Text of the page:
For relatively small lung nodules, low-dose unenhanced CT significantly underestimates volume, increasing the risk that malignant growth rates will be missed at follow-up, according to a study published in the October issue of the American Journal of Roentgenology.
“Recently there has been increased interest in volumetric measurement of lung nodules instead of diameter measurements, but understanding the potential sources of error and variation in these measurements is essential to evaluate growth,” wrote Pim A. de Jong, PhD, University Medical Centre Utrecht, the Netherlands, and colleagues.
The authors explained that the number of incidentally detected small lung nodules has increased with the growth of CT utilization. While follow-up CT studies are recommended, the vast majority of nodules are benign lesions, and low-dose unenhanced CT is recommended for follow-up to reduce radiation and contrast agent risk.
Since pulmonary nodules are often initially detected on standard-dose contrast-enhanced CT, the authors conducted a study involving 20 patients with known pulmonary metastases to compare nodule volume measurements between the two protocols. Patients underwent three CT exams, all in the same day, two of which were unenhanced low-dose scans of 120 kVp and 30 mAs, and the third being a standard dose of 120-140 kVp and 75-200 mAs with contrast enhancement.
A total of 101 nodules in 15 patients were ultimately analyzed, 69 of which were 200 mm 3 or smaller. The authors reported that the measured volume of these smaller nodules was systematically lower on both low-dose unenhanced CT exams when compared with the standard-dose exams, with differences of 13.7 percent and 15.5 percent, respectively.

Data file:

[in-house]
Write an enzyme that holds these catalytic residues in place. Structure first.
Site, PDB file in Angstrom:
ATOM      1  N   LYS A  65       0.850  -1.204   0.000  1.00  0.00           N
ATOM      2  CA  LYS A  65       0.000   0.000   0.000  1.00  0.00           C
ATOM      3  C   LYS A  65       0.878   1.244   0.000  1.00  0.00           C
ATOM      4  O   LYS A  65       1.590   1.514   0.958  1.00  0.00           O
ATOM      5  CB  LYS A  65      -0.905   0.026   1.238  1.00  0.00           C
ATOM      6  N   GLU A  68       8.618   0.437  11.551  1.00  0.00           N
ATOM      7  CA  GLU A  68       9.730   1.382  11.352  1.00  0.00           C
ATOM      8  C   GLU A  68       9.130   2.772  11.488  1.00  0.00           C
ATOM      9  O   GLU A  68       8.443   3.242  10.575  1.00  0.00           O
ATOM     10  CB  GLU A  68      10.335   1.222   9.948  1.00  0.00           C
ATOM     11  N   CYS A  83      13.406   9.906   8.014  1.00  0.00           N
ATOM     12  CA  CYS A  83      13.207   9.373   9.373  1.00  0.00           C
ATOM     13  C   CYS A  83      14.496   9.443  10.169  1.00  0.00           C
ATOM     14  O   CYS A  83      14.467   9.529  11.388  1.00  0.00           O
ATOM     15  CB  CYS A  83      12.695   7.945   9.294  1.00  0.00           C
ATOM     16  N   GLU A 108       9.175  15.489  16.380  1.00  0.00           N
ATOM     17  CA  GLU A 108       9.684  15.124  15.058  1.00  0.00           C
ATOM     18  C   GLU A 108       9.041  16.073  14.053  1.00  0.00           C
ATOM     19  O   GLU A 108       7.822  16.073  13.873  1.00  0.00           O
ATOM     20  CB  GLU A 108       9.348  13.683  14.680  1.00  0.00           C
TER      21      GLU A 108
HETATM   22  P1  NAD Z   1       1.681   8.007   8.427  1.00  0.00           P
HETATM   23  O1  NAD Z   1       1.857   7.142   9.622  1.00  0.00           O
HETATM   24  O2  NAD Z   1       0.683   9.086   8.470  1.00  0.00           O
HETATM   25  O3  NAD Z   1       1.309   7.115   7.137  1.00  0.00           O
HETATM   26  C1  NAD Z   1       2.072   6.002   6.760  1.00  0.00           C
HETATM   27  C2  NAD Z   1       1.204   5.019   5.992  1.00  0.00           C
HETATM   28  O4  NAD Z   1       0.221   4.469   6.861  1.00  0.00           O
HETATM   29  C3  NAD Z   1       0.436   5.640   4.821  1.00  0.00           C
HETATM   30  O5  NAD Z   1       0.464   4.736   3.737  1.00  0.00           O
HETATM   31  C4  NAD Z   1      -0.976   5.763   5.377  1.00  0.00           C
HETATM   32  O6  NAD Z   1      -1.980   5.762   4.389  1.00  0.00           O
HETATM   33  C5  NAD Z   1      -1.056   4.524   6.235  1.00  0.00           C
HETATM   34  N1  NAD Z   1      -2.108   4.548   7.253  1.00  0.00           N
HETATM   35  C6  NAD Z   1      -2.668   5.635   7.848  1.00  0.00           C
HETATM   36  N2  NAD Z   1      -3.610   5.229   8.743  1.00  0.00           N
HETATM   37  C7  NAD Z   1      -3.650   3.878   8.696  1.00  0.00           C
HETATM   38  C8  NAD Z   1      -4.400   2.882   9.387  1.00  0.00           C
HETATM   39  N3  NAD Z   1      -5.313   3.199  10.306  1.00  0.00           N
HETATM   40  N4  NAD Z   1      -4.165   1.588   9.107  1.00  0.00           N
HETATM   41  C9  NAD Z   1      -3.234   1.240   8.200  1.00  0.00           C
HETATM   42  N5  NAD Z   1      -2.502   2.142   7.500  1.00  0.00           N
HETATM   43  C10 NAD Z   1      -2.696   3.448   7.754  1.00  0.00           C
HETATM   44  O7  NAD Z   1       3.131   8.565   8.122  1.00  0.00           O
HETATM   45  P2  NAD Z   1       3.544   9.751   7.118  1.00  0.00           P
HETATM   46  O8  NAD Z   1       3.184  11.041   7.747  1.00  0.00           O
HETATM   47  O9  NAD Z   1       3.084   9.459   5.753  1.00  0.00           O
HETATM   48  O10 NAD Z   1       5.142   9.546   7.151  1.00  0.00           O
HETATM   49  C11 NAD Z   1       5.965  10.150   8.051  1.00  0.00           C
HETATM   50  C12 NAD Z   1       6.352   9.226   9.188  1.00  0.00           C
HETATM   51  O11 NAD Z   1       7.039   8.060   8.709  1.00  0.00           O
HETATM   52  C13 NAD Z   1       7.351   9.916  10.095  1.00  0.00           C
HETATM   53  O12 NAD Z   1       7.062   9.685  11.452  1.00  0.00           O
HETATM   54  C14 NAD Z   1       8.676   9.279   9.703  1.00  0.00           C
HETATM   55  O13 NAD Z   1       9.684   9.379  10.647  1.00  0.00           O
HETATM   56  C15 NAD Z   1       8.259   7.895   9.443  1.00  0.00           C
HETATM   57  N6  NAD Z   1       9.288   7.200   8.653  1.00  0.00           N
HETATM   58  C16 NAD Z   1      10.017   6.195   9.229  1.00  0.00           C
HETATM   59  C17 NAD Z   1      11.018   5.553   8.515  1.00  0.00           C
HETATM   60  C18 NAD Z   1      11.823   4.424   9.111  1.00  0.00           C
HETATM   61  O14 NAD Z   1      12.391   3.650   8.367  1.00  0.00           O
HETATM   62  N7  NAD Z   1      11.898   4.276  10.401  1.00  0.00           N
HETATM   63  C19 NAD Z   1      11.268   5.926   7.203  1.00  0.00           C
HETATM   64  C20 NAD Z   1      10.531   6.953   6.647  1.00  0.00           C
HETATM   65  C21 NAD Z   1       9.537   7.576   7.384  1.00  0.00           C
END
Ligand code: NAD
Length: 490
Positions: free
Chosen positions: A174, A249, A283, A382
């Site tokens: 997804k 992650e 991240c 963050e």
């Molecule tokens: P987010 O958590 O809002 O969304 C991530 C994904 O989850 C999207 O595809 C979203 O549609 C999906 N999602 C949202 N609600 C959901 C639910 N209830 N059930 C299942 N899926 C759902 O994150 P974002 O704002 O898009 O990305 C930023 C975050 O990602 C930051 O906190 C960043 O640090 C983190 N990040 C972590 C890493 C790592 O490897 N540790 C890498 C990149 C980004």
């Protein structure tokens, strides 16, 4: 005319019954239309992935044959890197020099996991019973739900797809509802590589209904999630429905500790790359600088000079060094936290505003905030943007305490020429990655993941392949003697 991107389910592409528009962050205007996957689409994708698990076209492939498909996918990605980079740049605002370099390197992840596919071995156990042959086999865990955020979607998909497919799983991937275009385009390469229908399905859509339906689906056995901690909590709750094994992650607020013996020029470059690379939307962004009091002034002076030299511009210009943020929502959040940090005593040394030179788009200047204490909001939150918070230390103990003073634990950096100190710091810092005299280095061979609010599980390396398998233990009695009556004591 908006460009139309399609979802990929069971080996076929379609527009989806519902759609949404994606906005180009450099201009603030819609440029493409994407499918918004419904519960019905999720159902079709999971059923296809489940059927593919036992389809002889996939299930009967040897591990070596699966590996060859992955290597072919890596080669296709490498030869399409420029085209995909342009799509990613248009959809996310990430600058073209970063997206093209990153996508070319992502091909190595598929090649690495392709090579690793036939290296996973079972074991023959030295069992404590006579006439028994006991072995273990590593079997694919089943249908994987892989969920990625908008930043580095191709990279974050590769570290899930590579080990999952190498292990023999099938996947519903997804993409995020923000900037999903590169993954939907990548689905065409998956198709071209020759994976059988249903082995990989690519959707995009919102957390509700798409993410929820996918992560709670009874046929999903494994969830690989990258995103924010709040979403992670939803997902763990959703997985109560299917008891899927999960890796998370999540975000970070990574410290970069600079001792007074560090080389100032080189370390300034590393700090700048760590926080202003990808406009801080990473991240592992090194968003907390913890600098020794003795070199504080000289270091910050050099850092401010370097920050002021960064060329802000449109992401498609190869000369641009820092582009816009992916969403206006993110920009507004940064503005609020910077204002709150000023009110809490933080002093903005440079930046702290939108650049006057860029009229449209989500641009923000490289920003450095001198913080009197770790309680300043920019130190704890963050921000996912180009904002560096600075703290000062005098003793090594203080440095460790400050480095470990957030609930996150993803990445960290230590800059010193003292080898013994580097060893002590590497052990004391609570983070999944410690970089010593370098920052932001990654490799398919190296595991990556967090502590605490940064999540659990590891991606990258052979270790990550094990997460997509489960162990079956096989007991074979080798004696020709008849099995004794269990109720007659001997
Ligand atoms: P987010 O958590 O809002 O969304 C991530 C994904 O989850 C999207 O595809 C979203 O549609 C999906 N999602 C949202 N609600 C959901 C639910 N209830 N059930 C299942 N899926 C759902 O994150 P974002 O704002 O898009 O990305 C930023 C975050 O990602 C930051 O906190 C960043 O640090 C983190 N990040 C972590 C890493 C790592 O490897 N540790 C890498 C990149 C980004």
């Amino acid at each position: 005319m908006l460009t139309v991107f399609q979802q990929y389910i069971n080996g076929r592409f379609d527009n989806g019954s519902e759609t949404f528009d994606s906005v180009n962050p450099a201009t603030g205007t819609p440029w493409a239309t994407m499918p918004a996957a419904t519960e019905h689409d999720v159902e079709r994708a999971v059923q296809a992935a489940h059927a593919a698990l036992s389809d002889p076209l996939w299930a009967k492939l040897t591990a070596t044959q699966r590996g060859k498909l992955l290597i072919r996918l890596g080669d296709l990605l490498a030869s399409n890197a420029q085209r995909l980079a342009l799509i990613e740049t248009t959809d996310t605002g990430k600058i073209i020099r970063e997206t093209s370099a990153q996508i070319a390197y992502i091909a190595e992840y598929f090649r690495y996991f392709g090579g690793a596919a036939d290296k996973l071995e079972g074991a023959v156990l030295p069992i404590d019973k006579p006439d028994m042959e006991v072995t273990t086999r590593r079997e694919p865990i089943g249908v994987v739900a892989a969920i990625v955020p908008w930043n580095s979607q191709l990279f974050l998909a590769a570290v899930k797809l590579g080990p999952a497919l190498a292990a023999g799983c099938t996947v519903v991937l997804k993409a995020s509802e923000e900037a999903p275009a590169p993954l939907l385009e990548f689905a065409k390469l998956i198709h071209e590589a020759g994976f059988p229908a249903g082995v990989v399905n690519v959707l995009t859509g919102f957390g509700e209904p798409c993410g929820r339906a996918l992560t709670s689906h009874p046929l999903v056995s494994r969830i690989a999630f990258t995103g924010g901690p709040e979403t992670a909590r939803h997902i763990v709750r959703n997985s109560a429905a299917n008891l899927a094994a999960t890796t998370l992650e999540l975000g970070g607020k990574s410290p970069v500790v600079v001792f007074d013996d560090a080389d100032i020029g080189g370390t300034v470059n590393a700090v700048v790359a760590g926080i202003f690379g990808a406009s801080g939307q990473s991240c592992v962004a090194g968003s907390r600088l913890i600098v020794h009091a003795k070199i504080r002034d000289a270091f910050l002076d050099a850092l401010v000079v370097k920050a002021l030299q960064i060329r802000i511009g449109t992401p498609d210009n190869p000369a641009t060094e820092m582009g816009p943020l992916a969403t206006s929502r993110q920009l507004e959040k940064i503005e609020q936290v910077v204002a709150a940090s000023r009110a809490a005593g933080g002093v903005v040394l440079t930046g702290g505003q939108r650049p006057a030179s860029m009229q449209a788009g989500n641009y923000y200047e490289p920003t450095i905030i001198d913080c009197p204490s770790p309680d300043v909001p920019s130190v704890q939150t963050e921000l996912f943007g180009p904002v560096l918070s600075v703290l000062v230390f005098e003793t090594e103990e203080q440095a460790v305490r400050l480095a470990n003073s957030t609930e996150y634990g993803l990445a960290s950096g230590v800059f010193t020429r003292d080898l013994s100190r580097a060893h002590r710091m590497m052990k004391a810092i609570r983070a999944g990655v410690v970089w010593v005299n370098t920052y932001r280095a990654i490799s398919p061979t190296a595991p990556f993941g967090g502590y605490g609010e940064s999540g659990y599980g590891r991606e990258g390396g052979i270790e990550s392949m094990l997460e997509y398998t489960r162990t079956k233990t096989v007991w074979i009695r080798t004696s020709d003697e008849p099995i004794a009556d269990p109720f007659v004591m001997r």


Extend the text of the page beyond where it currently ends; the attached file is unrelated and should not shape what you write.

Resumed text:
There was no volume difference between low-dose CT scans, and nodule volume was not systematically different between low- and standard-dose protocols for nodules larger than 200 mm 3.
The authors put the implications of a 15 percent lower volume measurement into perspective with a hypothetical situation involving a malignant nodule of 100 mm 3 with a volume doubling time of 300 days. If follow-up at 100 days was conducted using standard-dose contrast-enhanced CT, the new volume would be measured at 126 mm 3, a 26 percent increase representing malignant growth. On the other hand, if follow-up at 100 days was done using low-dose unenhanced CT, the volume would only be measured at 107 mm 3, a 7 percent increase that would be considered a benign growth rate. This discrepancy could result in delayed diagnosis.
de Jong and colleagues speculated that the discrepancy in volume is specifically due to the lack of contrast enhancement. “Apparently, the increased nodule density caused by the contrast uptake alters the edge detection of our software, leading to larger nodules.”
To avoid the problem, the authors suggested using the same CT protocol at follow-up that was used at baseline, obtaining a low-dose CT scan as soon as possible after baseline to compare to low-dose follow-up scans, or determining a factor to adjust nodule volume measurements at follow-up to take into account the effect of differing protocols.